But there was more to McGovern than that. At "its not-frequent-enough best," Kauffman writes,

I seriously love this button.McGovernism combined New Left participatory democracy with the small-town populism of the Upper Midwest. In a couple of April 1972 speeches, he seemed to second Barry Goldwater's 1968 remark to aide Karl Hess that "When the histories are written, I'll bet that the Old Right and the New Left are put down as having a lot in common and that the people in the middle will be the enemy."

"[M]ost Americans see the establishment center as an empty, decaying void that commands neither their confidence nor their love," McGovern asserted in one of the great unknown campaign speeches in American history. "It is the establishment center that has led us into the stupidest and cruelest war in all history. That war is a moral and political disaster—a terrible cancer eating away the soul of the nation....It was not the American worker who designed the Vietnam war or our military machine. It was the establishment wise men, the academicians of the center. As Walter Lippmann once observed, 'There is nothing worse than a belligerent professor.'"

Four decades later, America's president is a law prof with a kill list. I'd take McGovern over Obama any day.

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  • Jordan||

    "In retrospect, I wish I had known more about the hazards and difficulties of such a business," he wrote in 1992. "I also wish that during the years I was in public office, I had had this firsthand experience about the difficulties business people face every day."

    Better late than never. Too bad he didn't come to this realization before pushing the high-carb, low-fat bullshit diet that the government will never let die.

  • Romulus Augustus||

    He is to be admired for this admission.
    Unlike today's flip floppers who pretend they didn't once have the opposite opinion or made a promise they did a 180 on.

  • PapayaSF||

    +1

  • robc||

    I think there is an even better point in there: While in may not be a constitutional requirement, vote for the guy with the business experience...preferably from small to large, not just a guy who started at the CEO level.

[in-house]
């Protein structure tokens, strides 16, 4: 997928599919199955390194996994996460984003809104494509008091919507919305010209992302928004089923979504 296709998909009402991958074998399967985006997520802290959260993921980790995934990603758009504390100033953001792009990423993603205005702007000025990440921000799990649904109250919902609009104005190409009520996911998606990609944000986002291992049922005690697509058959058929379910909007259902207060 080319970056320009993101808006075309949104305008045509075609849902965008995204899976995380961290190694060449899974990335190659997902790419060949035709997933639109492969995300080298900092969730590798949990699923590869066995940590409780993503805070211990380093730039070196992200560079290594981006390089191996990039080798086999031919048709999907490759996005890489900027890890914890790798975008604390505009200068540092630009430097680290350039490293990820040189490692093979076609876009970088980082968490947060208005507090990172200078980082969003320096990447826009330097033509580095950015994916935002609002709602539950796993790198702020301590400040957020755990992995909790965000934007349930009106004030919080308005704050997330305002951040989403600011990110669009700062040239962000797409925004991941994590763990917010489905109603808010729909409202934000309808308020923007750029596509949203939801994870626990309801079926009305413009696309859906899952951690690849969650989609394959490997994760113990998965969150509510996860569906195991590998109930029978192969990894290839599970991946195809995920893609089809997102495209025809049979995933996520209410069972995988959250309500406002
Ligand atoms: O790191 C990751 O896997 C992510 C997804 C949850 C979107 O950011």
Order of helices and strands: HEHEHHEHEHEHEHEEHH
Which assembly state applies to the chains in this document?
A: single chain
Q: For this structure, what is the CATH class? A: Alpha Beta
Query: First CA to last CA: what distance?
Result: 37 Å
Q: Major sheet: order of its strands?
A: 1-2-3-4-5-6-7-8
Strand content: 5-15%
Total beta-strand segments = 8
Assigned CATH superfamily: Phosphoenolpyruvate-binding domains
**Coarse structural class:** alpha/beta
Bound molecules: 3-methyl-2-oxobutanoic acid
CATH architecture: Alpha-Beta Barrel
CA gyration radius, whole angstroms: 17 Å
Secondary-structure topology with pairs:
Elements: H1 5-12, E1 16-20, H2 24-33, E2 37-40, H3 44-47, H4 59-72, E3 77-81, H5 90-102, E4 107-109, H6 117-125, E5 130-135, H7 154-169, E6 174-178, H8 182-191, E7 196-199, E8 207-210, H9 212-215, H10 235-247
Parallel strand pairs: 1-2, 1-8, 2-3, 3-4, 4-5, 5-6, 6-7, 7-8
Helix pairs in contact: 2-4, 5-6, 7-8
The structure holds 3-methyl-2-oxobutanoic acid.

In this year's race that means:

    1. Johnson
    2. Romney
    3. Obama

    (I dont know Stein's business experience)

  • robc||

    and it makes my vote for Perot in 1992 look better too.

  • robc||

    Neither Stein's wikipedia page nor her bio on her presidential website give much of her work history.

    She is a doctor and has taught internal medicine for a long time. In general, I would put a doctor above Obama, and maybe even above Romney, but I dont see evidence of a long history of private practice, like with Dr Paul.

    Of course, her enviro-weeniness knocks her down too, but I was just ranking on business experience.

  • Loki||

    Unless she has run her own private practice (IOW her own business), I'd put her above Obama but below Romney.

  • robc||

    Agreed.

    I kinda thought that is what I said, in a round-about way.

  • Rufus J. Firefly||

    A doctor was mayore of the town I have my business in.

    Extremely difficult and bureaucratic to deal with.

    When I first started the city demanded I put up a fancy sign - $1300 I didn't have. Now that she's gone (got elected at the provincial level), they will revisit this law.

    I'm pissed naturally. It's still on my VISA.

  • Calidissident||

    Not necessarily. Having business experience may help you understand more about the economy and the effect government policies, but it doesn't mean you will use those lessons for the force of good. There are a lot of business guys that I wouldn't want anywhere near the White House (Warren Buffet, anyone at GE, etc)

  • Pound. Head. On. Desk.||

    Better late than never. Too bad he didn't come to this realization before pushing the high-carb, low-fat bullshit diet that the government will never let die.

    ... in spite of study after study showing people who eat the most saturated fat live longer and have a reduced risk of dying from cardiovascular disease.

    http://www.ncbi.nlm.nih.gov/pubmed/16018792
    Journal of Internal Medicine 2005 Aug;258(2):153-65
    Dietary fat intake and early mortality patterns--data from The Malmö Diet and Cancer Study.